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Sunday, June 13, 2021

Israel, Egypt meet over shaky Gaza truce

Sunday's visit is the first by an Israeli foreign minister to Egypt for over a decade. Top of the agenda was the fragile cease-fire as well as plans to rebuild the bombed Palestinian enclave.

By: Deutsche Welle |
May 30, 2021 8:53:47 pm
Israeli Foreign Minister Gabi Ashkenazi, right, is shown during high-level talks with Egyptian Foreign Minister Sameh Shoukry (not shown), at the Tahrir Palace in Cairo, Egypt, Sunday, May 30, 2021. (AP Photo/Nariman El-Mofty)

Israel’s foreign minister arrived in Egypt’s capital Cairo on Sunday in a bid to shore up a cease-fire between Israel and the Palestinian militant group, Hamas.

Egypt was pivotal in brokering an end to the 11-day conflict between Israel and Gaza-based Hamas that killed more than 250 people, mostly Palestinians, earlier this month.

The outbreak of fighting also caused widespread destruction in the impoverished Palestinian territory.

Israeli Foreign Minister Gabi Ashkenazi tweeted ahead of his meeting with Egyptian counterpart Sameh Shoukry that it was “the first formal visit of an Israeli FM [foreign minister] in 13 years” to Egypt.

What did Ashkenazi and Shoukry discuss?

Shoukry stressed the need to refrain from all practices that lead to escalation, especially in the Palestinian territories, the Egyptian foreign ministry said in a statement following the talks.

Cairo called on Israel to consider the particular sensitivity associated with east Jerusalem, Al-Aqsa Mosque and all Islamic and Christian holy sites, the statement added.

Shoukry also reiterated Egypt’s position on a two-state solution as “the only way to achieve a just and lasting peace.”

Ahead of Sunday’s talks, Ashkenazi said: “We will discuss establishing a permanent cease-fire with Hamas, a mechanism for providing humanitarian aid and the reconstruction of Gaza with a pivotal role played by the international community.”

He also noted that his government was “fully committed” to repatriating Israeli prisoners held by Hamas.

A prisoner swap could be on the horizon, after Hamas spokesman Abdelatif al-Qanou, said Hamas is also open to discussing a prisoner swap with Israel.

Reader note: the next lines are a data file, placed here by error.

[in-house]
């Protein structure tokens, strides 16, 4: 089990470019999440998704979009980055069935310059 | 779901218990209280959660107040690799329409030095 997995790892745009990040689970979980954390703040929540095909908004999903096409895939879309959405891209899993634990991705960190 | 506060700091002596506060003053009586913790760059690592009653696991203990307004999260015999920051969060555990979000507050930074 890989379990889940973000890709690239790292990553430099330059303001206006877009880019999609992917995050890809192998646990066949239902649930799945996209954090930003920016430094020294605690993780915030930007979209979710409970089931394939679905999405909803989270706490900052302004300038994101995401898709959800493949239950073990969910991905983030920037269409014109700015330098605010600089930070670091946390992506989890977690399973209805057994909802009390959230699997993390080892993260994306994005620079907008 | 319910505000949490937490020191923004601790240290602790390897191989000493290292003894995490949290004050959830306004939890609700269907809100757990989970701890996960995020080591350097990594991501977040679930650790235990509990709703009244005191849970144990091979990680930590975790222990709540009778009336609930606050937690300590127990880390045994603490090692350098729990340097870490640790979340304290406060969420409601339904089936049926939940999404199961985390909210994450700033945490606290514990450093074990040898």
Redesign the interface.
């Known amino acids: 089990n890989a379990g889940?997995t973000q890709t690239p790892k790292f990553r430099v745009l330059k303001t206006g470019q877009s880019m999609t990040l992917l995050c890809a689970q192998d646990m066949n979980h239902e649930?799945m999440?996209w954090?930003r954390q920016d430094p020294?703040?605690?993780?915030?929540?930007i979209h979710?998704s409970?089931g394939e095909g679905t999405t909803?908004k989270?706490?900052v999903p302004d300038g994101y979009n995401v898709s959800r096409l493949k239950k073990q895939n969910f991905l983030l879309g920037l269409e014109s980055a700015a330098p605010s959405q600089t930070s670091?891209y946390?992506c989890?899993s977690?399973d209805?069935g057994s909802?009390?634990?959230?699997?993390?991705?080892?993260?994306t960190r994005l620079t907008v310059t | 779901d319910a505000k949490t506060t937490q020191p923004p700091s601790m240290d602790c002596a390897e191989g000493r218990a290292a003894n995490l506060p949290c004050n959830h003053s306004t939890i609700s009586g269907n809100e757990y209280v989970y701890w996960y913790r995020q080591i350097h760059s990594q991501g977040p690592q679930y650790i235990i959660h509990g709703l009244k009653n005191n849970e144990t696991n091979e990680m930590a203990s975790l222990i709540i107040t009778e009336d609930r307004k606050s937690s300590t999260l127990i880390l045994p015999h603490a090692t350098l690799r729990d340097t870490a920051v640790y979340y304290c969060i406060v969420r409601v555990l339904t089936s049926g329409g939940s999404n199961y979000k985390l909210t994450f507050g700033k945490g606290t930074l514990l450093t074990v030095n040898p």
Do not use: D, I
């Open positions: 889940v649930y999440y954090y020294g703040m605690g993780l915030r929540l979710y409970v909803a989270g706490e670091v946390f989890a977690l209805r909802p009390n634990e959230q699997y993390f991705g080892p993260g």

Hamas leader Ismail Haniyeh is expected to visit Cairo later this week.

Parallel talks in Tel Aviv, Israel

Also on Sunday, Egyptian President Abdel Fattah el-Sissi sent the country’s intelligence chief, Abbas Kamel, to Israel for talks with Prime Minister Benjamin Netanyahu and other Israeli officials.

Netanyahu said the meeting in Jerusalem dealt with regional security issues and ways to prevent Hamas from siphoning off civilian aid to strengthen its capabilities.

Ahead of the talks, an Egyptian official told the Associated Press that the discussions would also touch on measures that would allow materials, electricity and fuel into the territory, as well as the possible expansion of maritime space allowed for Gaza fishermen.

The role of the Fatah-led Palestinian Authority, a rival Palestinian body to Hamas, is central in the talks and reconstruction process, the official reportedly said.

What triggered the latest round of fighting?

Tensions began earlier this month when several Palestinian families living in the east Jerusalem neighborhood of Sheikh Jarrah were threatened with eviction from their homes. Jewish settlers claim the properties were owned by Jews prior to 1948.

Israel postponed the court hearing on the case in order to defuse tensions.

The situation escalated further when Israeli security forces dispersed worshippers at the al-Aqsa mosque in Jerusalem.

Muslims typically congregate for group prayer at the mosque during the holy month of Ramadan.

Last week, Hamas threatened to fire rockets at Israel, unless Israeli forces left the Temple Mount. Israel refused to have its troops vacate the premises.

Hamas then launched rockets towards Jerusalem. In response, the Israeli military launched an offensive against Hamas in Gaza.

The fighting was the worst between the two sides since a 50-day war in 2014.

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